Evolution of the HIV-1 Rev Response Element during Natural Infection Reveals Nucleotide Changes That Correlate with Altered Structure and Increased Activity over Time

Journal of Virology
Chringma SherpaD Rekosh

Abstract

The HIV-1 Rev response element (RRE) is a cis-acting RNA element characterized by multiple stem-loops. Binding and multimerization of the HIV Rev protein on the RRE promote the nucleocytoplasmic export of incompletely spliced mRNAs, an essential step in HIV replication. Most of our understanding of the Rev-RRE regulatory axis comes from studies of lab-adapted HIV clones. However, in human infection, HIV evolves rapidly, and mechanistic studies of naturally occurring Rev and RRE sequences are essential to understanding this system. We previously described the functional activity of two RREs found in circulating viruses in a patient followed during the course of HIV infection. The early RRE was less functionally active than the late RRE, despite differing in sequence by only 4 nucleotides. In this study, we describe the sequence, function, and structural evolution of circulating RREs in this patient using plasma samples collected over 6 years of untreated infection. RRE sequence diversity varied over the course of infection, with evidence of selection pressure that led to sequence convergence as disease progressed being found. An increase in RRE functional activity was observed over time, and a key mutation was identified that co...Continue Reading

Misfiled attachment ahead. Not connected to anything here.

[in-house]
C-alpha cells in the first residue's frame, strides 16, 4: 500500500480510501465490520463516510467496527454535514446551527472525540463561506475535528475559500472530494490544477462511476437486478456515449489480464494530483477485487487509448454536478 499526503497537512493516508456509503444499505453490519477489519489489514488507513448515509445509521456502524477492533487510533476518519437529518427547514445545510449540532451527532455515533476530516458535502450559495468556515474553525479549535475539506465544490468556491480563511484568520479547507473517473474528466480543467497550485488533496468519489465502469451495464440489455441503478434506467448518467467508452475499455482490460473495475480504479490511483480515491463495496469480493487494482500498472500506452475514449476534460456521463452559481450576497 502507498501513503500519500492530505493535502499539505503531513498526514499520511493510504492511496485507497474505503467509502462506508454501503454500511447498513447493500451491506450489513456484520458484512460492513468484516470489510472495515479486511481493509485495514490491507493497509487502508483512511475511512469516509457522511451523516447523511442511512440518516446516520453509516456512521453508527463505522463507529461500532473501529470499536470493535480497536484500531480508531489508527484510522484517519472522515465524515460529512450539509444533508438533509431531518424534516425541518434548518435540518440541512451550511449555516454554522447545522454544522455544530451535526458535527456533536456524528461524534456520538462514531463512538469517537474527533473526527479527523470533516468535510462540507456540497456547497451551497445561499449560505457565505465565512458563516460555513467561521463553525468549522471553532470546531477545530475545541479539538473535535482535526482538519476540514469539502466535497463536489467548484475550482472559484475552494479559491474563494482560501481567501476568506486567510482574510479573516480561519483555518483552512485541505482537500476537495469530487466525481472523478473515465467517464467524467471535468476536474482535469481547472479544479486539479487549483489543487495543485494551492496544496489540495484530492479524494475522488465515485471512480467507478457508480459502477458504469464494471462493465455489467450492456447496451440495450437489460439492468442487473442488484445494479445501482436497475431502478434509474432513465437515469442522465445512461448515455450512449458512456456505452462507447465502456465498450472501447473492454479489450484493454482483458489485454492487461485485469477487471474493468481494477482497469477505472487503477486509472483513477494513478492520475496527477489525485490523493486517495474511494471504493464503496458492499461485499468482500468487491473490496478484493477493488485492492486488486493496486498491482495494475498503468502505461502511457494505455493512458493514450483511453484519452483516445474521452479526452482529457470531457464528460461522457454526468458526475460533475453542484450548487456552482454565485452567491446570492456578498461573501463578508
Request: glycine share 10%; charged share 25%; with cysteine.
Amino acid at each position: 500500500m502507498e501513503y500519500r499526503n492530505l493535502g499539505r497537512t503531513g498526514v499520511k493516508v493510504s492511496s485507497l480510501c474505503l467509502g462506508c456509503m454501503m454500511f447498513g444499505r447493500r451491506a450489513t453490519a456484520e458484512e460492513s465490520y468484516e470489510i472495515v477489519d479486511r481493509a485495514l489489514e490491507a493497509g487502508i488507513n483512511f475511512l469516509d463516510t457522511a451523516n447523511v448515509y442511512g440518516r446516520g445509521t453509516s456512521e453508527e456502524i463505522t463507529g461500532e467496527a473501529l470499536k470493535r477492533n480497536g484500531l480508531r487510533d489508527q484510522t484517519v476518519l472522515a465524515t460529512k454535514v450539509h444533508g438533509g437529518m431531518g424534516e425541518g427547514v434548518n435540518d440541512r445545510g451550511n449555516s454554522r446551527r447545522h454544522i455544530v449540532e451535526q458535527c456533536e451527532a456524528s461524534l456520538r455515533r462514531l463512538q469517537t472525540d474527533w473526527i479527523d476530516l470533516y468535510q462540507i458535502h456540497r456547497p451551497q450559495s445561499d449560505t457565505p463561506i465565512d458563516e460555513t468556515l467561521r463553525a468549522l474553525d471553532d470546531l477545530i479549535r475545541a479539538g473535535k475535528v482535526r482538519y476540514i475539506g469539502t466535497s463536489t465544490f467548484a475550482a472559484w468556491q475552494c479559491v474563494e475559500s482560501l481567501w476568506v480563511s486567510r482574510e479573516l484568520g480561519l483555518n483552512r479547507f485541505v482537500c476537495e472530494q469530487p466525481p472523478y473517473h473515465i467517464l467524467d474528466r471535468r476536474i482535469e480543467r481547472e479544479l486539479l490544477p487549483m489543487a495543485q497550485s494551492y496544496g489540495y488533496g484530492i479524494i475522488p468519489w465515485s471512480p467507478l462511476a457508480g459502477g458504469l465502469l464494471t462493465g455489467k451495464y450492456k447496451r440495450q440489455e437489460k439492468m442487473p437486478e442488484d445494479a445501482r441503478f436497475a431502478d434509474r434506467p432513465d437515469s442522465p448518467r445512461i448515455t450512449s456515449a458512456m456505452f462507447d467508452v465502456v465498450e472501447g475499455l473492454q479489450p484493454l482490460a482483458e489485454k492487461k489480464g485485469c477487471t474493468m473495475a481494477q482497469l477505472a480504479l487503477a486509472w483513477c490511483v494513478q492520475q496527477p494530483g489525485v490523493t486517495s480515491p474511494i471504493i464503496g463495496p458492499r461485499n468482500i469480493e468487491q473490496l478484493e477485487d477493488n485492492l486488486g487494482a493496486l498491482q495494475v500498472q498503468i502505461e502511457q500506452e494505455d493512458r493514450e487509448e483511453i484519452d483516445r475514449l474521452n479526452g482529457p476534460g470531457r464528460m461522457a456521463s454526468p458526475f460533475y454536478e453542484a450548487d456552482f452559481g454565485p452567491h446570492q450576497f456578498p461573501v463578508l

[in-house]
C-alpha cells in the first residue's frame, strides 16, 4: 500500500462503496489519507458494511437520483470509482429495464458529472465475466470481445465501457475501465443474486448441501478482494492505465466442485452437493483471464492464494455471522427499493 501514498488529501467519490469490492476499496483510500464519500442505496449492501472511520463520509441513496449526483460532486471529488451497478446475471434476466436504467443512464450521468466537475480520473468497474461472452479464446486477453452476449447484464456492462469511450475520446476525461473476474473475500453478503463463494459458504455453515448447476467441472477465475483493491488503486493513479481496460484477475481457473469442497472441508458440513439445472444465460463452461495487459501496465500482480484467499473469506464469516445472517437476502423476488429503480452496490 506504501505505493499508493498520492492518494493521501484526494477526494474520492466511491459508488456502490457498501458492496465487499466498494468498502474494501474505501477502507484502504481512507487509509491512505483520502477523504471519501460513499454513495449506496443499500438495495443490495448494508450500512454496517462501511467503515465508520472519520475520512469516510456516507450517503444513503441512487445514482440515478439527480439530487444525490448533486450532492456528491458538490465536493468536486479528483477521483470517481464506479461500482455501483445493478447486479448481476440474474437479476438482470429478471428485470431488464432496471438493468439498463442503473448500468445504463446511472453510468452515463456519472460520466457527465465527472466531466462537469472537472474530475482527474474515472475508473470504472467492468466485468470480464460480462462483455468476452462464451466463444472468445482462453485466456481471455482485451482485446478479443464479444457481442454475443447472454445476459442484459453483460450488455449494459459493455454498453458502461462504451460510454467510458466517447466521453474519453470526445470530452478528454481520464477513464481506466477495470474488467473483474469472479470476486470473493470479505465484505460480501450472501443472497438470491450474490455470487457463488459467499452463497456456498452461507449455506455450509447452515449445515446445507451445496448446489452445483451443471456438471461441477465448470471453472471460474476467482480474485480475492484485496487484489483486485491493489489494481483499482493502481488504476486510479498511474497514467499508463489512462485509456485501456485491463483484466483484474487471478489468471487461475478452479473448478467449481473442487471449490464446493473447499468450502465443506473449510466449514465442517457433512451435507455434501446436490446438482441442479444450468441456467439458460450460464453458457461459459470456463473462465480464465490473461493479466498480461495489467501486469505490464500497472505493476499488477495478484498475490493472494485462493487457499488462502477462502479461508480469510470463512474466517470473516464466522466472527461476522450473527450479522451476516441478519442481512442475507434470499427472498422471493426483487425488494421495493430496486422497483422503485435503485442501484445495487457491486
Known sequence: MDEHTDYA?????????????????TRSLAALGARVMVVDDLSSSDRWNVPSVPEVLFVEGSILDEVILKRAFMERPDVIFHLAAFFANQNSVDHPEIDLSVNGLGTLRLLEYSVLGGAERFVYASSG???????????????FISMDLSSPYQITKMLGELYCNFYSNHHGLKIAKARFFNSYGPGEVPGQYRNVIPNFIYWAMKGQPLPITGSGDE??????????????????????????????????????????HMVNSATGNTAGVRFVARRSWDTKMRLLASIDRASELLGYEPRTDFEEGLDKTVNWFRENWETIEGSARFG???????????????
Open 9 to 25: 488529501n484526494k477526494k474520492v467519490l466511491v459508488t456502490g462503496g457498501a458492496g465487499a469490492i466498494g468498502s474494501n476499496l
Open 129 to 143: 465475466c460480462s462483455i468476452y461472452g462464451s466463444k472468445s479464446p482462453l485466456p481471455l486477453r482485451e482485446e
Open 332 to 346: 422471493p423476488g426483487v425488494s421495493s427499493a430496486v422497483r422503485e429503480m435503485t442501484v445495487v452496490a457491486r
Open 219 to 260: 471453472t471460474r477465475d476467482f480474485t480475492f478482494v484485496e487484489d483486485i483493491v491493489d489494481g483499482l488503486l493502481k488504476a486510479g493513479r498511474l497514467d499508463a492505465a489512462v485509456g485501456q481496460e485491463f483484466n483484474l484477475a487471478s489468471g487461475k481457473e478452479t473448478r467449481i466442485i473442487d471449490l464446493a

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Jan 8, 2020·Current HIV Research·Patrick E JacksonM L Hammarskjöld
Jan 11, 2020·Journal of Molecular Recognition : JMR·Nicole G RaadColin A Smith
Sep 2, 2020·Biochemical Society Transactions·Elizabeth C GrayMichelle M Meyer
Apr 1, 2020·Current HIV Research·Chringma SherpaStuart F J Le Grice
Jan 17, 2020·Viruses·Chringma Sherpa, Stuart F J Le Grice
Nov 15, 2020·Nature Communications·Eva-Maria SchneebergerKathrin Breuker

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